For the so-called “old media,” it was the best of times, it was the worst of times.

Last week the Pew Research Center for The People and The Press released a survey whose results indicate that 43 percent of Americans now claim to get most of their news from Internet sources.

Americans have invested in homes in many ways for a long time. During the frontier days of the West, families would homestead property and so through grit and endless work transform a patch of prairie into a home, a barn, a farm, and an investment. Federal policies have gutted much of that wealth. Environmental regulations have interfered with the sensible activities of farmers (as if Big Government had a greater long term interest in the preservation of the land than those who lived and worked on it). Farm subsidies, beginning with the disastrous New Deal, contorted rational economic decision-making by farmers and induced them instead to enter the Never-Never Land of government subsidies, so that in Iowa — a politically potent state because of its early role in the primaries — the wasteful use of corn to produce ethanol is still sacrosanct. Federal estate taxes, too, have forced families to sell farms which their grandfathers intended to remain in the family forever.

Despite the government's increased creation of money, new federal regulations that stifle companies and cause additional costs, and proposed new taxes, some businesses are pushing ahead with business-as-usual, leading to an uptick in the economy — at least in the short term. The shipping of materials used in industrial production by rail in the United States grew last month to the highest level since October 2008, with Union Pacific enjoying its strongest weekly volume so far this year. UP Chief Financial Officer (CFO) Robert Knight said he continues to see “solid demand” across most business segments, with shipments of industrial products increasing by eight percent annually.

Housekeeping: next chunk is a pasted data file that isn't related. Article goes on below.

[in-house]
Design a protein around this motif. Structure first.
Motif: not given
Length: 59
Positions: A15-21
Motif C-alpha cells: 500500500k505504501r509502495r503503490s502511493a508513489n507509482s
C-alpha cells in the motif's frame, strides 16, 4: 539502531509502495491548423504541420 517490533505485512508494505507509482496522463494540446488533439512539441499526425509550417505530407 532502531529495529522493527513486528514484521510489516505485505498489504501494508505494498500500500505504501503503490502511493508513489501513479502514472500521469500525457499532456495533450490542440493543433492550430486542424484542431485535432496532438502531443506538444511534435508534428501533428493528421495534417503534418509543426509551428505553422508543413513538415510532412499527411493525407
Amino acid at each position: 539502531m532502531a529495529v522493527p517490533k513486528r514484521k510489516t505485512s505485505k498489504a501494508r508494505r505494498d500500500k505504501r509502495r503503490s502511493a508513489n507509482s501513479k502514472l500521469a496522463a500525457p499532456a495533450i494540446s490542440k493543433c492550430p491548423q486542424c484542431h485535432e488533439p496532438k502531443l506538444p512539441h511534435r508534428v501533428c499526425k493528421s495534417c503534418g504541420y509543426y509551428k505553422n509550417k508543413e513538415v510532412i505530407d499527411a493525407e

carsThe Obama administration is proposing new automobile regulations, including a doubling of fuel economy requirements, that will make cars more expensive and less safe while costing thousands of jobs, according to the National Automobile Dealers Association (NADA). Meeting in Washington, D.C., to lobby against the proposed regulations, NADA circulated a handout called “A Flawed Fuel Economy Structure Produces a Flawed Result” that describes the expected outcomes of those rules. A copy was provided to CNSNews.com, which also interviewed NADA’s director of legislative affairs and communications, Bailey Wood.

Former President Bill Clinton says Obama’s approach to taming the federal deficit "is a little confusing" and suggests that raising taxes would blockade any efforts to revive the stale U.S. economy. During an interview with Newsmax CEO Christopher Ruddy in New York, where Clinton held the 10th annual meeting of the Clinton Global Initiative, the former President discussed political topics such as climate change, tax policy, and government regulations. He also mentioned the possibility of his wife, Hillary, running for President in 2016, naming her "the ablest person in my generation."

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